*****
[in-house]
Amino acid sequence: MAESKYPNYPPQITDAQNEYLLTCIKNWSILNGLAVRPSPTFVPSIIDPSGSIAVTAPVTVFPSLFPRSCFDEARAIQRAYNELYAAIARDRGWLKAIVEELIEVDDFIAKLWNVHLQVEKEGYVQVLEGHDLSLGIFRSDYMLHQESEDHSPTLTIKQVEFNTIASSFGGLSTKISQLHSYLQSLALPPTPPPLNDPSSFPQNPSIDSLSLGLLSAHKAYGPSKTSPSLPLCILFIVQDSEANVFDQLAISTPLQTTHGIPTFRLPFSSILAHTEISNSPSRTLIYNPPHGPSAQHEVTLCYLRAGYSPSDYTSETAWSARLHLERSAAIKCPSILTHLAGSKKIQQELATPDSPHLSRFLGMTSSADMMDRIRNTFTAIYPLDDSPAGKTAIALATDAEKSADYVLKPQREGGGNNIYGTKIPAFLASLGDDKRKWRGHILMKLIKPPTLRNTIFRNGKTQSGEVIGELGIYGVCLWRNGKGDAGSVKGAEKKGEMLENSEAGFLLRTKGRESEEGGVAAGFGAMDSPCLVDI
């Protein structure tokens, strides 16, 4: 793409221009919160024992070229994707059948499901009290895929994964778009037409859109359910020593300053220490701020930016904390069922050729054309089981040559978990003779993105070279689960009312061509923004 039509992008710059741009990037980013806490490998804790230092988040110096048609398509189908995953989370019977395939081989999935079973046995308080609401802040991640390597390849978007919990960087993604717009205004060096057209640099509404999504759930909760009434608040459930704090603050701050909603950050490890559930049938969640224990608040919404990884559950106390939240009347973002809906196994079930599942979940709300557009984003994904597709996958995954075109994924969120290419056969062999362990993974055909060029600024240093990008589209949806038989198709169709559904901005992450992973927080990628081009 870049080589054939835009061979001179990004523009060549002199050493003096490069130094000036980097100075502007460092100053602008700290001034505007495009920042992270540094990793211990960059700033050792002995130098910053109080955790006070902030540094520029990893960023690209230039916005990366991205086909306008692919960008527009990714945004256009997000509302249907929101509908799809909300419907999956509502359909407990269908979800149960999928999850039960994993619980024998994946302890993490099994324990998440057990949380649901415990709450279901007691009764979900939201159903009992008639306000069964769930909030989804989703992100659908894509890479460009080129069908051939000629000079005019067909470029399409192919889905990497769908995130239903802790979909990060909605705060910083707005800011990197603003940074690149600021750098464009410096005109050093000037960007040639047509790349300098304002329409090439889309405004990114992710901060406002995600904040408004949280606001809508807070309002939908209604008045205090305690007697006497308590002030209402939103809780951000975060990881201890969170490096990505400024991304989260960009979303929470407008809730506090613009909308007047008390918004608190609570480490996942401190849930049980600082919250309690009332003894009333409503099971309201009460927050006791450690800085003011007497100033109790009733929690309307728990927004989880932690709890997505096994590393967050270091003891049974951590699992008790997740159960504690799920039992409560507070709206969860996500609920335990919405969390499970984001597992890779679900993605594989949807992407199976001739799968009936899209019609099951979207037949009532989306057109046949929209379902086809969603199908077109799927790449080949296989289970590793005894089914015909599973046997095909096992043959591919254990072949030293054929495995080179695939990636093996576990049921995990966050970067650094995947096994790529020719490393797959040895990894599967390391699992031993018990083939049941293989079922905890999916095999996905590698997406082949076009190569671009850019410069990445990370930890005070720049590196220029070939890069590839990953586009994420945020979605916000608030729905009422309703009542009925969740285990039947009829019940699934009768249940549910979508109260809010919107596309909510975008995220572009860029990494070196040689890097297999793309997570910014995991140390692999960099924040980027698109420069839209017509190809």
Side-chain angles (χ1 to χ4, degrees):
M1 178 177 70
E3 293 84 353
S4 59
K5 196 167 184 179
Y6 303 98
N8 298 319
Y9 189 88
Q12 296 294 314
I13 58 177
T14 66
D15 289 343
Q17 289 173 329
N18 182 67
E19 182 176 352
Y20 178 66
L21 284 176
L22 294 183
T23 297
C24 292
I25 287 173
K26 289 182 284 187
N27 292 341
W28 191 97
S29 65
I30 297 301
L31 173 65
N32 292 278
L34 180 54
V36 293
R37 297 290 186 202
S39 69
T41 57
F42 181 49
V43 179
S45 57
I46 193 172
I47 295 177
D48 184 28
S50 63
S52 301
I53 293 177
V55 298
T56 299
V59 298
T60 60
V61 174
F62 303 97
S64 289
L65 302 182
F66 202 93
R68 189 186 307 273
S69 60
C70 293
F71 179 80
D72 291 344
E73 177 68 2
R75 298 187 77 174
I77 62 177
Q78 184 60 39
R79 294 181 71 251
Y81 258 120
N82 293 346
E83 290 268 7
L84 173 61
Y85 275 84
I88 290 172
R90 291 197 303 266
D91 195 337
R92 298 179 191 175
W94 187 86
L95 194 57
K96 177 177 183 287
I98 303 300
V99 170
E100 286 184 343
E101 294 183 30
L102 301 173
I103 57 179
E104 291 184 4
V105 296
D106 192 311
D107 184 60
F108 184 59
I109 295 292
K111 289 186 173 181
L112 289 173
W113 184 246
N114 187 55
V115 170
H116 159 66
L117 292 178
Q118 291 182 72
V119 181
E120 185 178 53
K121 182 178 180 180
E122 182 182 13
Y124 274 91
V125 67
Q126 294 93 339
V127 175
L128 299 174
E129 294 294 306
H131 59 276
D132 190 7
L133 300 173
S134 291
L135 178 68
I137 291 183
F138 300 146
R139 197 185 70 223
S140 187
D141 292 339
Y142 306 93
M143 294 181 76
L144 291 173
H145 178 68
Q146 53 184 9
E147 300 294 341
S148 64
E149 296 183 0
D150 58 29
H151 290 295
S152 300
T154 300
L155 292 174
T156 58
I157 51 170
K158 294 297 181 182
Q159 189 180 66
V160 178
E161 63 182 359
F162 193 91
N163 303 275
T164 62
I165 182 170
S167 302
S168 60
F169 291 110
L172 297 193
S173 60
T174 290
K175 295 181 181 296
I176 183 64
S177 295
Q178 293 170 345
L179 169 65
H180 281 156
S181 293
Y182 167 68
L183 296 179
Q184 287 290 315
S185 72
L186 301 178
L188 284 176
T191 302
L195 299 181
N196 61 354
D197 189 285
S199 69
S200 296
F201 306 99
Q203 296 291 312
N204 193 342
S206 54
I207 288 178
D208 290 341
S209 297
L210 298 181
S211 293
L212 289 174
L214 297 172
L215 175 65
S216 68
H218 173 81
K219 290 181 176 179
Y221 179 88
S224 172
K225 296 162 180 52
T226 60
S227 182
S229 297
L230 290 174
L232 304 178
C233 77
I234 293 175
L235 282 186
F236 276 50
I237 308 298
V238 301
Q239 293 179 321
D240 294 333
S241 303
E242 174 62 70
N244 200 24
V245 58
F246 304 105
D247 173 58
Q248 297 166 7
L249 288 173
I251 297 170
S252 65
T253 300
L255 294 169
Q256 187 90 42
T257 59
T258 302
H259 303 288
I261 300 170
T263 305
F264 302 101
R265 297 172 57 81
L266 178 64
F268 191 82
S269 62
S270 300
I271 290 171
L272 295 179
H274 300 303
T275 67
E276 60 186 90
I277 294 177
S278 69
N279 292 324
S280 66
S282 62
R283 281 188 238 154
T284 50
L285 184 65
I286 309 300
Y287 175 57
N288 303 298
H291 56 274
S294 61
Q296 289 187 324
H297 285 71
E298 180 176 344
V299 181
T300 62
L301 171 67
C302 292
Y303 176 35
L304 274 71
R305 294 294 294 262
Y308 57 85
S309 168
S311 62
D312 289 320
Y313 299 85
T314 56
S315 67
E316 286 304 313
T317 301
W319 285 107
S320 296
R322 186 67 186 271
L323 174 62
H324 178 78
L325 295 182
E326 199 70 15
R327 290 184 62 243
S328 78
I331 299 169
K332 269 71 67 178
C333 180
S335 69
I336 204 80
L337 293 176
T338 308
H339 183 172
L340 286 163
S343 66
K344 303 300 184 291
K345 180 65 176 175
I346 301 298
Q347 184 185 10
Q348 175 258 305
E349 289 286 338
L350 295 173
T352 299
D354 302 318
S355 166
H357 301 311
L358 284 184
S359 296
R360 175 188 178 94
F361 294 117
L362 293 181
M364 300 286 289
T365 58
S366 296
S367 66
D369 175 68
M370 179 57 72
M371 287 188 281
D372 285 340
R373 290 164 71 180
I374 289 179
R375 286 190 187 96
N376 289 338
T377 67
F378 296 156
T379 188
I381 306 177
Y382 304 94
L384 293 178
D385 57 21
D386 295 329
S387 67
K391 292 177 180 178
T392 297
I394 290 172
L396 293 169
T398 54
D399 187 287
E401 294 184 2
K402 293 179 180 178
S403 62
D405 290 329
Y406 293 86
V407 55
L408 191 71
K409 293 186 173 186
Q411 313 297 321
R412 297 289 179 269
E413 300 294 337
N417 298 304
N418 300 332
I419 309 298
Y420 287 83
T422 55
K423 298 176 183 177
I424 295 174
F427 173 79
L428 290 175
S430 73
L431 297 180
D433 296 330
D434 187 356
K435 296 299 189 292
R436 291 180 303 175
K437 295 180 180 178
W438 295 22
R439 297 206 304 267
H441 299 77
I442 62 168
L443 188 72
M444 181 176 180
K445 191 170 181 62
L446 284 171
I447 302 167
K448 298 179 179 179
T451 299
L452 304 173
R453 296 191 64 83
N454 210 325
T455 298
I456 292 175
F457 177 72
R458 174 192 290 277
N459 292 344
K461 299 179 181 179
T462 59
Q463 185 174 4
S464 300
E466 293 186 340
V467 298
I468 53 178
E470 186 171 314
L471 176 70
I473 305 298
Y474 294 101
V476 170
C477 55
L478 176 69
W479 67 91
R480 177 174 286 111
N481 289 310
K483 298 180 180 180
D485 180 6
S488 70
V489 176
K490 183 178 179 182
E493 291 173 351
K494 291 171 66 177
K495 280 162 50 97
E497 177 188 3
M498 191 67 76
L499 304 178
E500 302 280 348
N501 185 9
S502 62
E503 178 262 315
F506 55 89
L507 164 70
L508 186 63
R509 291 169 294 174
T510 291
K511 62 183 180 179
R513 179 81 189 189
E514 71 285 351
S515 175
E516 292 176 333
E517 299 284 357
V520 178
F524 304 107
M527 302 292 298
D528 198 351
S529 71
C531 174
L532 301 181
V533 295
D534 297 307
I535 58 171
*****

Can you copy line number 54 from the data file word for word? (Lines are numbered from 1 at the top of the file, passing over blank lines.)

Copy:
F66 202 93